Inside America's Dark History of Chemical Warfare
Stay up to date with the latest headlines via email.
As the Obama administration presses ahead with its mission to punish the Syrian government for its alleged gassing of civilians in suburban Damascus, the particulars of the attack remain unclear. All too clear, though, is the role of the United States as a supplier, supporter and even employer of a wide range of weapons of mass destruction, including sarin gas, resulting in the death and illness of not only those considered our enemies, but our “heroes” too.
The 1960s and 1970s
The US military’s widespread and long-term use of the defoliant Agent Orange to destroy Vietnamese jungles is among the best known and most anguishing chapters in modern chemical warfare. Published articles had demonstrated the health and environmental dangers of the chemical components of Agent Orange (so called for the orange-striped barrels in which it was shipped) for a full decade preceding the war. In 1952, Monsanto (which along with Dow Chemicals was the principal manufacturer) informed the government of the dangerous byproduct resulting from heating the chemical mix—namely dioxin. Yet we proceeded to employ Agent Orange, denying for decades the death and illness inflicted on Vietnamese and Americans alike. As the Pulitzer Prize-winning photograph by AP photographer Nick Ut documented, we used the incendiaries napalm and white phosphorus in Vietnam.
As Seymour Hersh revealed in his groundbreaking 1968 reporting, we provided the South Vietnamese with the lethal arsenic-containing gas DM, claiming it was a “tear” gas for riot control, though the Field Manual clearly stated "not approved in any operations where deaths are not acceptable.” Throughout the war, Hersh and others continued to document the US use of gases, incendiaries and Agent Orange and other herbicidals to destroy not only Vietnam’s jungles but its food supply—a crime against humanity and nature.
Totally unknown till 35 years after the Vietnam War was the DoD’s Project Shipboard Hazard and Defense (SHAD), a highly classified program, which from 1962 to 1971 tested whether US warships and their troops could withstand attacks from chemical and biological weapons. From overhead planes and nearby aircraft carriers, the military aimed lethal gases at ships carrying mostly unsuspecting sailors and marines. In the 1990s, veterans stationed on SHAD boats reported respiratory conditions and cancers only to be told by VA that nothing called Project SHAD had ever existed. Finally, after CBS broke the story in May 2001, the Department of Defense admitted to SHAD’s existence and its almost decade-long program of toxic testing.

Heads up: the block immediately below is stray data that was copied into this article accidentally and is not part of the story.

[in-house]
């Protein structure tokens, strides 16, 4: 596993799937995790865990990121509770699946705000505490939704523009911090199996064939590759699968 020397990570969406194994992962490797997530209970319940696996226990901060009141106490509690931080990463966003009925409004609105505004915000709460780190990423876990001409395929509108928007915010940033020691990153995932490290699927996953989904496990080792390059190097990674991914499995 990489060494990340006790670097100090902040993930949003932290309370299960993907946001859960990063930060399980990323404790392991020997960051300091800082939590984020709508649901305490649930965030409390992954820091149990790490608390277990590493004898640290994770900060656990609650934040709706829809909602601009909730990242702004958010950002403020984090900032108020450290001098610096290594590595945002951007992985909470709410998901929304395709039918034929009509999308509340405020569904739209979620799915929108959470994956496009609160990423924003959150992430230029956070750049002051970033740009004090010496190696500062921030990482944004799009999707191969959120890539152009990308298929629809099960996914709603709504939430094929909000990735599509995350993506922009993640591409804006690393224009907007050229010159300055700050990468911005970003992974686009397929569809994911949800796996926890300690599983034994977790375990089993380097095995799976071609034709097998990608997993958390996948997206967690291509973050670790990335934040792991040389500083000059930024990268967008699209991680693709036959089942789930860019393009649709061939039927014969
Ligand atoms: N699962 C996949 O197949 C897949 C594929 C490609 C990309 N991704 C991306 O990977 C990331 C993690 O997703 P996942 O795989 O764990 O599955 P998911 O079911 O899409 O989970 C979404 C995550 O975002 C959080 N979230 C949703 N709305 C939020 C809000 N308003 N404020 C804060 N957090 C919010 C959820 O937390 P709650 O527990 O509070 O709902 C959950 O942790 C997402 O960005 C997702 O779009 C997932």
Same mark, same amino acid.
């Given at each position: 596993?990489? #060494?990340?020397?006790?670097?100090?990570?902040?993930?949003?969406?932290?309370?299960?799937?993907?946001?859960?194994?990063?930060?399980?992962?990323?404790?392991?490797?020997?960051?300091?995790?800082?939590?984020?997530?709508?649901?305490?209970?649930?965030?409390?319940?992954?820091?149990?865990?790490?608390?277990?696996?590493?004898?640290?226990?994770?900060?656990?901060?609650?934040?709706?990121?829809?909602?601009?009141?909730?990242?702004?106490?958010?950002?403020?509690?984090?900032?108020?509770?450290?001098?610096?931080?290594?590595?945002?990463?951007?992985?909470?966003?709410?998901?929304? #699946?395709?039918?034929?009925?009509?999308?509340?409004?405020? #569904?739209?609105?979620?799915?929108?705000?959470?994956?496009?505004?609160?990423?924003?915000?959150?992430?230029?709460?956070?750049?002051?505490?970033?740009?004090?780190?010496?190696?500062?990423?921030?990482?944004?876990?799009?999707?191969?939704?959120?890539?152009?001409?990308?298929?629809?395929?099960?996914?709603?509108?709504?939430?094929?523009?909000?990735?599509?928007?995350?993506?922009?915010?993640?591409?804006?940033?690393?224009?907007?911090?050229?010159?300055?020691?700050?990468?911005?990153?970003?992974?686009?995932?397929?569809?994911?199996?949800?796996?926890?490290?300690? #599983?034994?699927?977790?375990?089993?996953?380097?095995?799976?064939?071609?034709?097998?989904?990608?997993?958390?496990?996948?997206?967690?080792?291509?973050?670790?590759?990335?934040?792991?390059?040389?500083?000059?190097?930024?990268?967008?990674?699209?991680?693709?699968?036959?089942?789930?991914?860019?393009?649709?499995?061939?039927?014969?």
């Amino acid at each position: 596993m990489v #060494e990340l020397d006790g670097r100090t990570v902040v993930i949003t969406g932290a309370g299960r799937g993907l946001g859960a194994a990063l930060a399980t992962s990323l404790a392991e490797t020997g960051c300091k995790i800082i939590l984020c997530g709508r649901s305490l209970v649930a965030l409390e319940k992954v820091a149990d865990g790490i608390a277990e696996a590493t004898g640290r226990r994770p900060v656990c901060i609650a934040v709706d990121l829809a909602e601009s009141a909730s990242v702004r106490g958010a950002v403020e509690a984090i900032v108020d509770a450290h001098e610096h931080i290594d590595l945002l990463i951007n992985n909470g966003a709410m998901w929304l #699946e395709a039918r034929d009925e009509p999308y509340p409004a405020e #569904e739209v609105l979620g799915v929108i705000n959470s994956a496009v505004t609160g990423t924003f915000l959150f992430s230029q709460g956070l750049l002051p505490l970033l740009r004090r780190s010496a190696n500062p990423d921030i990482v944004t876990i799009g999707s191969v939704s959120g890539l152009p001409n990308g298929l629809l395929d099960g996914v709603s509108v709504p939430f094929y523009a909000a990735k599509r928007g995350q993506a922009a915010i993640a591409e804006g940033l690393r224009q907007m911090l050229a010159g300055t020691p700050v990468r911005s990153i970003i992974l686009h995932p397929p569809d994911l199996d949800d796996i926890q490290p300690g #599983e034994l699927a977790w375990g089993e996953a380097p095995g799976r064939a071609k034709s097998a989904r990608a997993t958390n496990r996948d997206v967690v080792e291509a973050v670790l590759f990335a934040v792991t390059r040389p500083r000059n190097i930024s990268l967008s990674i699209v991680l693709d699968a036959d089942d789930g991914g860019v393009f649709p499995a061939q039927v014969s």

In 1998, a CNN two-part Sunday night news report revealed that a special commando unit in 1970 used sarin gas in Laos to kill American defectors. The story about “Operation Tailwind” was researched, written and produced by seasoned journalists April Oliver and Jack Smith, with help from Pulitzer Prize-winning Peter Arnett, who narrated the broadcast. Under pressure from Henry Kissinger and others, many claim, CNN retracted the story, and fired Oliver and Smith, and Arnett soon after. ( Newsroom's Aaron Sorkin recently explained on the Daily Show that he used "Operation Tailwind” as the basis of the second season’s centerpiece, Operation Genoa, a secret mission set in Pakistan, in which the US supposedly used sarin against civilians. CNN's reporting, Sorkin told John Oliver, offered an intriguing example of journalism gone awry with compromising research and doctored videos.)
The story of Operation Tailwind has never been proven wrong, as Jennifer Epps persuasively documented recently on the Daily Kos. According to Oliver and Smith, the story’s prime source, Admiral Thomas Moorer, read and signed off on the script; and according to Reese Schonfeld, CNN’s co-founder, Moorer stated in a legal deposition that he had said what the journalists quoted him as saying. Even CNN’s attorneys Floyd Abrams and David Kohler “found no credible evidence at all of any falsification of an intentional nature at any point in the journalistic process….We do not believe it can reasonably be suggested that any of the information on which the broadcast was based was fabricated or nonexistent." The attorneys asserted that high-level and reliable military personnel had been confidential sources for the story. Yet the story was pulled and the journalists fired.
The 1980s and 1990s